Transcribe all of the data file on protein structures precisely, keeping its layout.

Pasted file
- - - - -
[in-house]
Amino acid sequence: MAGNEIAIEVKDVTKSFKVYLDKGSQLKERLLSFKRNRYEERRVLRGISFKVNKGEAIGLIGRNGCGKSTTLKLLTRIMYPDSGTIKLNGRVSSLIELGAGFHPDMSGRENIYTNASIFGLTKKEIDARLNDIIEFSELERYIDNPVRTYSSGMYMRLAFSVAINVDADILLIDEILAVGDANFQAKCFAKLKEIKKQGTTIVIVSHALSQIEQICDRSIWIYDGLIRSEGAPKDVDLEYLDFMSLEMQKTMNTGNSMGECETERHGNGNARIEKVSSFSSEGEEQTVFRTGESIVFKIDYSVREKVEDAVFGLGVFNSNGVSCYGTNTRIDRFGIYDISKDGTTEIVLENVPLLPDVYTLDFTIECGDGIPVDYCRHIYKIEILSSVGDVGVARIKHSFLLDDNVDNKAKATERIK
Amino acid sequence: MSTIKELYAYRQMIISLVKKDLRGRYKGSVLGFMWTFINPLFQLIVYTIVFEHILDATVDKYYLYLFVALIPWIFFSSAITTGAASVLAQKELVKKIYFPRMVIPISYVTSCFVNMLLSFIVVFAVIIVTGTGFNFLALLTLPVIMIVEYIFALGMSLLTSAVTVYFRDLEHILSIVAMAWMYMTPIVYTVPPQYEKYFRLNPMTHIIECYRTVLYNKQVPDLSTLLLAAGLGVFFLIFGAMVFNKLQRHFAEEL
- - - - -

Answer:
[in-house]
Amino acid sequence: MAGNEIAIEVKDVTKSFKVYLDKGSQLKERLLSFKRNRYEERRVLRGISFKVNKGEAIGLIGRNGCGKSTTLKLLTRIMYPDSGTIKLNGRVSSLIELGAGFHPDMSGRENIYTNASIFGLTKKEIDARLNDIIEFSELERYIDNPVRTYSSGMYMRLAFSVAINVDADILLIDEILAVGDANFQAKCFAKLKEIKKQGTTIVIVSHALSQIEQICDRSIWIYDGLIRSEGAPKDVDLEYLDFMSLEMQKTMNTGNSMGECETERHGNGNARIEKVSSFSSEGEEQTVFRTGESIVFKIDYSVREKVEDAVFGLGVFNSNGVSCYGTNTRIDRFGIYDISKDGTTEIVLENVPLLPDVYTLDFTIECGDGIPVDYCRHIYKIEILSSVGDVGVARIKHSFLLDDNVDNKAKATERIK
Amino acid sequence: MSTIKELYAYRQMIISLVKKDLRGRYKGSVLGFMWTFINPLFQLIVYTIVFEHILDATVDKYYLYLFVALIPWIFFSSAITTGAASVLAQKELVKKIYFPRMVIPISYVTSCFVNMLLSFIVVFAVIIVTGTGFNFLALLTLPVIMIVEYIFALGMSLLTSAVTVYFRDLEHILSIVAMAWMYMTPIVYTVPPQYEKYFRLNPMTHIIECYRTVLYNKQVPDLSTLLLAAGLGVFFLIFGAMVFNKLQRHFAEEL